With the growing number of retirees in nursing facilities, nursing home abuse is quickly becoming a more prominent issue. The chance that a family member or even yourself may deal with nursing home abuse is becoming far too common in an industry that is required both professionally and ethically to care for our loved ones.
The Senate Special Committee on Aging has been focusing considerable attention on the need to improve nursing home quality of care. However, there are limited resources to monitor and enforce these regulations. The result has been increased negligence and abuse to our elderly under the care of these facilities.
Under the Illinois Nursing Home Care Act, nursing home residents are granted wide-ranging rights. You do NOT need to prove medical malpractice. All a resident must prove is that the facility did not provide proper treatment or that the treatment provided was unreasonable or dangerous.
Thousands of nursing home patients suffer serious injury or lapse into grave illness from the actions or negligence of their caregivers. If you suspect your elderly parent suffered from nursing home negligence, elder abuse or substandard care, The Law Offices of David H. Brinton, LLC can investigate a claim for damages.
Nursing Home Resident Rights:
- present grievances to the staff or others without fear of retaliation
- have grievances quickly resolved by the facility
- handle personal financial affairs
- file a complaint with the state survey and agency for abuse, neglect, or stealing of property
- private and unlimited communication, including privacy for phone calls, mail, and meetings with family, friends, and residents
- access any entity or individual that provides health, social, legal, and other services
- privacy regarding medical, personal, and financial affairs
- receive satisfactory or appropriate care
- be informed of their medical condition and participate in treatment planning
- refuse medication and treatment and be offered treatment alternatives
- participate in discharge planning
- review their medical records
- information on all services available and the charges for those services
- information on the facility’s policies, procedures, rules, and regulations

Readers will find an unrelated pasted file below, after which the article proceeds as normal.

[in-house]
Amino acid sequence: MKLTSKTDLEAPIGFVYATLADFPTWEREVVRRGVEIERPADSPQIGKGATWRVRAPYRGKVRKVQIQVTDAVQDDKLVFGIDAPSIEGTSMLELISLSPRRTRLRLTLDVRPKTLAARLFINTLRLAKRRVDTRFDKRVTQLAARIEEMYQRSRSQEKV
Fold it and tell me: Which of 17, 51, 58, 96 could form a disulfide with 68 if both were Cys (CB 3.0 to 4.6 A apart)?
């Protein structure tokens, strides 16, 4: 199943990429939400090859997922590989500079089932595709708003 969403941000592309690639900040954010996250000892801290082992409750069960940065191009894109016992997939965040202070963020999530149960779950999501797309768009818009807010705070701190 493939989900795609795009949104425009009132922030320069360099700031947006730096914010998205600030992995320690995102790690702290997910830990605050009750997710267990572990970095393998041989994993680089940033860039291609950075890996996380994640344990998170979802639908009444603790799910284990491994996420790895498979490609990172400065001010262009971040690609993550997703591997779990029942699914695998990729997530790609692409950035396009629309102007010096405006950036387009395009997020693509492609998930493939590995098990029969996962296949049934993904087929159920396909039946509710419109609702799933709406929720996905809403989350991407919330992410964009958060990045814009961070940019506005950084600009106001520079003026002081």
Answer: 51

- information about how to contact their state ombudsman and licensure office and advocacy groups
- review the state survey reports on the facility
- daily communication in their own language; and assistance if there is sensory impairment
- be transferred or discharged only for medical reasons, if health or safety is endangered, for nonpayment of services, or if the facility closes
- be notified of transfer 30 days in advance (in most instances)
- know the reason for transfer, the date it’s effective, the location to which the resident is discharged, and a statement of the right to appeal
- receive preparation from the facility to ensure a safe and orderly transfer
- have policies and practices upheld by the facility that are the same for all individuals regardless of payment source
Overview of The Nursing Home Care Act:
The Nursing Home Care Act (Act) is an Illinois law that guards the rights of residents of long-term care facilities. The Illinois Department of Public Health (IDPH) is the state agency given the power to enforce this law.
The Nursing Home Care Act does not apply to:
- Facilities operated by the State or by the Federal government
- A Community Living Facility
- A Community-Integrated Living Arrangements facility
- A Supportive Residence
If a facility violates your rights, you have several options.
Filing a Complaint with IDPH:
If you believe that a facility is violating the Act, you may file a complaint with Illinois Department of Public Health (IDPH).
You may contact IDPH and file a complaint at:
Illinois Dept. of Public Health
Attn: Central Complaint Registry
535 W. Jefferson St.
Springfield, IL 62761
To file a complaint by phone, contact the Central Complaint Registry at 1-800-252-4343.